Most NFL writers trashed Vince Young after his shoulder-pad throwing, walking out on Jeff Fisher blowup on Sunday. The grilling ranged from moderate such as SI.com’s Peter King
And though Young’s played better this year (10 touchdown, three interceptions), I get the sense the coaching staff has tired of spoon-feeding him a version of the offense and not the whole thing, which makes Collins a more desirable option at this point, despite his age and creakiness.
to the more blunt and even angry Charles Robinson of Yahoo:
So if you want to see this week’s biggest loser, look for the guy who threw half of his uniform in the stands after Sunday’s 19-16 overtime loss to the Redskins.
I’m not here to defend Young’s actions. There’s an unwritten code of player-coach behavior, and as bogus as a coach’s decision may be, you can’t openly defy the coach without damaging yourself and, likely, the team. My focus is on the free pass that Jeff Fisher has received, not just in the recent episode but over the last couple of years. In reading King, Robinson, or others, one would get the impression that VY has done ok but not much better than Kerry Collins. A glance at facts shows how silly this is.
VY’s rates were 5th among NFL QBs in 2010 (QB rating = 98). 5th! Without taking into account his running threat. KC’s rating equals 79 — in the Chad Henne range. His career rating is below mediocre 73. Beyond QB ratings, the W-L records of the two are night and day. Starting in 2006, when they both arrived at the Titans, VY was 30-18 as a starter, and KC was 13-14. These records mask the most direct comparisons because VY started almost all of the 2007 season and KC nearly the 2008 season. The two seasons shared a sizable number of starts with roughly the same set of other offensive players, the numbers VY dominates.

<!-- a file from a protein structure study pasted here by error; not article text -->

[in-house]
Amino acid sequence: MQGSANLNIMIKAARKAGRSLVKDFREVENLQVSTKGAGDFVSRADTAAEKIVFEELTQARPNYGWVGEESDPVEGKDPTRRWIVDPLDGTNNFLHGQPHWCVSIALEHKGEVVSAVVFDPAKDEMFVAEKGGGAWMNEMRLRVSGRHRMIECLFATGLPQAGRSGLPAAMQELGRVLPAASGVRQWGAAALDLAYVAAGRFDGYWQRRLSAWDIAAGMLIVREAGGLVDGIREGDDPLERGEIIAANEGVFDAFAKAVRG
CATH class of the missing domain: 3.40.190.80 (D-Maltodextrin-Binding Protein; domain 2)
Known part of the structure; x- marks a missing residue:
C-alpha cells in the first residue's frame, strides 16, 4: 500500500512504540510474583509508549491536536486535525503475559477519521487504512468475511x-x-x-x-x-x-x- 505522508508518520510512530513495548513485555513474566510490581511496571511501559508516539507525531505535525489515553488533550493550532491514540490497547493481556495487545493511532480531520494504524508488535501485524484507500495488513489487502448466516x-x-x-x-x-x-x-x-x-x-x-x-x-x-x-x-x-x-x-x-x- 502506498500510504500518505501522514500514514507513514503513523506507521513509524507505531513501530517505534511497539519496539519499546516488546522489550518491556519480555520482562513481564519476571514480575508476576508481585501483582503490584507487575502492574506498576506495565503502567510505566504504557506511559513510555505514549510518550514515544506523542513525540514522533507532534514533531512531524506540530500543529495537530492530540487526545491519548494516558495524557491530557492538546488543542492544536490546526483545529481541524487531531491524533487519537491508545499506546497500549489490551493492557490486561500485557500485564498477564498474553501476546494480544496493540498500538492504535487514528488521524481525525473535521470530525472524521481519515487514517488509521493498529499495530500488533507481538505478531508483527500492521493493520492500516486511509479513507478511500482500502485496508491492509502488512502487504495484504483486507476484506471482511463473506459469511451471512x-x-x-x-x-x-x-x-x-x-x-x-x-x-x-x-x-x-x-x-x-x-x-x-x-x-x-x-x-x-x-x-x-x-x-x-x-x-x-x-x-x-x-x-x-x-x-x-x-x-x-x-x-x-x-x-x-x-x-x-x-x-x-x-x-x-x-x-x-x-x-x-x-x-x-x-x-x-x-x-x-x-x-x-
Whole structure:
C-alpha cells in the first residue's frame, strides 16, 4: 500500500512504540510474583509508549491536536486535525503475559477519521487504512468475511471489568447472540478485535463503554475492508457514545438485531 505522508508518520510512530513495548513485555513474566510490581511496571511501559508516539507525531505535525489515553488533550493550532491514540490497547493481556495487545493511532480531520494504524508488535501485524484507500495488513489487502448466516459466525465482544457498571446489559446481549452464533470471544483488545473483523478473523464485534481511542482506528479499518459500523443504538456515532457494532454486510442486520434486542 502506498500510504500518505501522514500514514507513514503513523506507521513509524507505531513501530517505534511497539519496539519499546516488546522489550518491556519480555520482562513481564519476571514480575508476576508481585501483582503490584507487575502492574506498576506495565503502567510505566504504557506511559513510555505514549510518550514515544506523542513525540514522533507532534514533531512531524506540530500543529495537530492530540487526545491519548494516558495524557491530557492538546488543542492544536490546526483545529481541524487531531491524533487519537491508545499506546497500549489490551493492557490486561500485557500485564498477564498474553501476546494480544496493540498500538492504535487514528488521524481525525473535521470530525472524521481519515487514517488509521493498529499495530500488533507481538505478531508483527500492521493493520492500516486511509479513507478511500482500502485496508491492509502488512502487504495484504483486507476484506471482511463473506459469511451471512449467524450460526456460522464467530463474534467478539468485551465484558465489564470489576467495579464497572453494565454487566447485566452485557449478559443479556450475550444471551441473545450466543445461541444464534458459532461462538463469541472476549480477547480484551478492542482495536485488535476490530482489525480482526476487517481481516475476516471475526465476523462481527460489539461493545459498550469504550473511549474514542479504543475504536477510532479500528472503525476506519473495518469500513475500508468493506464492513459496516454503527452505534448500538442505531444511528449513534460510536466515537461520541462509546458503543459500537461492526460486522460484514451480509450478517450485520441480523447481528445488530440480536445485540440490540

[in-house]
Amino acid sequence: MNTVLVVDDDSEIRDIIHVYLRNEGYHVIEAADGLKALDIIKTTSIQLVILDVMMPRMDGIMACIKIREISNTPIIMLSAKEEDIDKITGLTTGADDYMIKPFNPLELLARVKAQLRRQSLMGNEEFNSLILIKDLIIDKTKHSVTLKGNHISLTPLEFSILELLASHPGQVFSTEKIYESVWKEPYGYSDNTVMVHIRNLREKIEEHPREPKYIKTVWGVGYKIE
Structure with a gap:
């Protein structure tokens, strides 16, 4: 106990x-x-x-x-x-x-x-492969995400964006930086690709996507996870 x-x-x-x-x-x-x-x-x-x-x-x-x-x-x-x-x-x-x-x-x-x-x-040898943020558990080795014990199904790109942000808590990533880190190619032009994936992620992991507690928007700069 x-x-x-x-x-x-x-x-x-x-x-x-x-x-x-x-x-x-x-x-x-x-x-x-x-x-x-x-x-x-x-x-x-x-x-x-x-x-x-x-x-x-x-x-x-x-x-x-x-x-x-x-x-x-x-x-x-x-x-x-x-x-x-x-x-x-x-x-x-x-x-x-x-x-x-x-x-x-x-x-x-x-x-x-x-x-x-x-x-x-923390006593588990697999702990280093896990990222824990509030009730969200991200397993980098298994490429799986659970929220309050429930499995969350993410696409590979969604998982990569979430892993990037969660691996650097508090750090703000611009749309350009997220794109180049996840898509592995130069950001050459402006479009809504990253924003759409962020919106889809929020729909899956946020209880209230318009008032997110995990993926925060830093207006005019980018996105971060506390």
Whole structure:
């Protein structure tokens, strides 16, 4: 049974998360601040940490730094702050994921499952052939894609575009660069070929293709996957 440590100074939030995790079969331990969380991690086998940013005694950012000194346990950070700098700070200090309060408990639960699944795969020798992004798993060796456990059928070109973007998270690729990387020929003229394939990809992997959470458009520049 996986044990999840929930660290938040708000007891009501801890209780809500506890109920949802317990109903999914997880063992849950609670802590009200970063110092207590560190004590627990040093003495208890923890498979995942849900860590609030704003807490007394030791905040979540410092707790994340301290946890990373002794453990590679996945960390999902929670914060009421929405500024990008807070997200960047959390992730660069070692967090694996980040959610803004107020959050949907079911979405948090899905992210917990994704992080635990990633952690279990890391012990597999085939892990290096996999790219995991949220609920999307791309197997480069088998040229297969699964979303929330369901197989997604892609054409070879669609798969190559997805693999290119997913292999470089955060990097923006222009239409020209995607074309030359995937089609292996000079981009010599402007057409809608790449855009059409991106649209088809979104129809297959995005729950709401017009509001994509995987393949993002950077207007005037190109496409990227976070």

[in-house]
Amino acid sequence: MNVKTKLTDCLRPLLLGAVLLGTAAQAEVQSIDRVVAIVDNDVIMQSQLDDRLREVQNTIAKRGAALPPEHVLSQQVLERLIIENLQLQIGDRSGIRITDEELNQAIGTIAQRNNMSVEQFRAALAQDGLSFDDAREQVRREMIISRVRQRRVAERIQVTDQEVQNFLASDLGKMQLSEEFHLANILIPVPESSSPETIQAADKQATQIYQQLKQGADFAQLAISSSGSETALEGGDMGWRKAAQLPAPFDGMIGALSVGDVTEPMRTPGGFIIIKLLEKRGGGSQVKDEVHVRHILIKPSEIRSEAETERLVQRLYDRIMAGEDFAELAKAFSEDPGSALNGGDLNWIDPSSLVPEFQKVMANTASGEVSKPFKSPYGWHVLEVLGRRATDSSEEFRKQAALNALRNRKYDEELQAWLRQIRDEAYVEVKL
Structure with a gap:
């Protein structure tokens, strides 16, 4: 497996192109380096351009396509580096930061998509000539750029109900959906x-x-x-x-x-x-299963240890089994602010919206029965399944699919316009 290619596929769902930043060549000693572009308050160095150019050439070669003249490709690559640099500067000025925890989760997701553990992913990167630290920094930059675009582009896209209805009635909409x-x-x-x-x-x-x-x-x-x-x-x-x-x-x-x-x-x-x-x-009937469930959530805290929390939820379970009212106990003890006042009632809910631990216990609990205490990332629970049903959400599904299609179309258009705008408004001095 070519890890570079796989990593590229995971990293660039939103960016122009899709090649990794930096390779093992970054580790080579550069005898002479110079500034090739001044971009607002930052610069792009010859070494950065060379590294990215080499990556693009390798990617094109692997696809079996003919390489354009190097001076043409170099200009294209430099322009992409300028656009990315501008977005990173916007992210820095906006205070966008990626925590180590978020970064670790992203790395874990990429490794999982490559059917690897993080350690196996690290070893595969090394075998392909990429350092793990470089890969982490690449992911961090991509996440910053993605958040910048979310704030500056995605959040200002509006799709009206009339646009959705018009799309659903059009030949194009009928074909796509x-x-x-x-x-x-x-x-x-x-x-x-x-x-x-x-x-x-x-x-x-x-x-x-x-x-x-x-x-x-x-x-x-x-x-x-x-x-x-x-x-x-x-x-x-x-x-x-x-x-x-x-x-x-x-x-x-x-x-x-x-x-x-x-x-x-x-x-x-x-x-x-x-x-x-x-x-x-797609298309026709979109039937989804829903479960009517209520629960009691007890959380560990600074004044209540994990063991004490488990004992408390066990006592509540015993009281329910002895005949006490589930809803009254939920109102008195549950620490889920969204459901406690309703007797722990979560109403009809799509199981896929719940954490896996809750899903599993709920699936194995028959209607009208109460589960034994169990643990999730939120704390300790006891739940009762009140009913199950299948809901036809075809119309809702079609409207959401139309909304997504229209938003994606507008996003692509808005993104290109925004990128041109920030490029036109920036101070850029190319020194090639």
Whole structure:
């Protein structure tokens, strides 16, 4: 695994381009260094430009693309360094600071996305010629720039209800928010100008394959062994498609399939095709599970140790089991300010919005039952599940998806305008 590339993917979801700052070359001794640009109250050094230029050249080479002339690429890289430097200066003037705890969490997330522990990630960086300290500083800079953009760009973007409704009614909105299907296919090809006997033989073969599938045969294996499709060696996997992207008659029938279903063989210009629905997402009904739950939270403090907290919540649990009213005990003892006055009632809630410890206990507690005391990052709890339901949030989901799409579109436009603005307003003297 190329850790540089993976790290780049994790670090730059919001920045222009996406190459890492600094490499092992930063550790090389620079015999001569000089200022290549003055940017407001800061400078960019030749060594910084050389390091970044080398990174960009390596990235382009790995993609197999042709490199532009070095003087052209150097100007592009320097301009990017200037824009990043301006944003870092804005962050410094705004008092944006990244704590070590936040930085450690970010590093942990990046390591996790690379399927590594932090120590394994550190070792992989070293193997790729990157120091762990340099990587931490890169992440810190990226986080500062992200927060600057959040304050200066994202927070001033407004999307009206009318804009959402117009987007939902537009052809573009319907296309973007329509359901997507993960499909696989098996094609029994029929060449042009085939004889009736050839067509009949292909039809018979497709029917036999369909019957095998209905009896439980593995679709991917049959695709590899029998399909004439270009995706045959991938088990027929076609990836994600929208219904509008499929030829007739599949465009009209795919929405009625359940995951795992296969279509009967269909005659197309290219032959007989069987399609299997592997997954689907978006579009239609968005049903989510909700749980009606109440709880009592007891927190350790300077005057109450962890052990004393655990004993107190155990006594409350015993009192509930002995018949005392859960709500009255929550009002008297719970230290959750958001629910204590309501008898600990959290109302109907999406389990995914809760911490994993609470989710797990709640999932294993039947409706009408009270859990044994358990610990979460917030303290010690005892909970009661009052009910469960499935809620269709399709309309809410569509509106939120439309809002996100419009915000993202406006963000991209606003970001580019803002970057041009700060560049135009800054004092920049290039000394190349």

In Young’s rookie season of 2006, Collins started the first three games and went 0-3. VY took over (at owner Bud Adams’ insistence) and went 8-5. In 2009, KC guided the team to the infamous 0-6 start and the 59-0 defeat at New England. VY took over and went 8-2 in relief (again, only at Adams’ insistence). In these two most comparable years, their two records were 0-9 versus 16-7, and VY was a rookie in one of them.
Fisher doesn’t like Young for whatever reasons. After an ugly opening season win and eventual injury, he benched him for good in the 2008 season. Even after the 2009 debacle, Fisher’s hand had to be forced to insert Young. A week earlier, Fisher insisted that Collins “gives us the best chance to win.” Despite Young going 9-2 since that insertion, Fisher pulled him in the second half of the second game against Pittsburgh.
Young sustained an injury, but even with a bye and even though Young was healthy enough to play in the Miami game this year, eventually, Fisher chose to start Collins. Then, Fisher didn’t put him back this past Sunday, offering Shanahan-Esque varied reasons: “he never came to me and said he was ready” … “he wasn’t throwing accurately on the sideline.” As it turns out, Young’s thumb needed surgery, but Fisher did not know that at the time.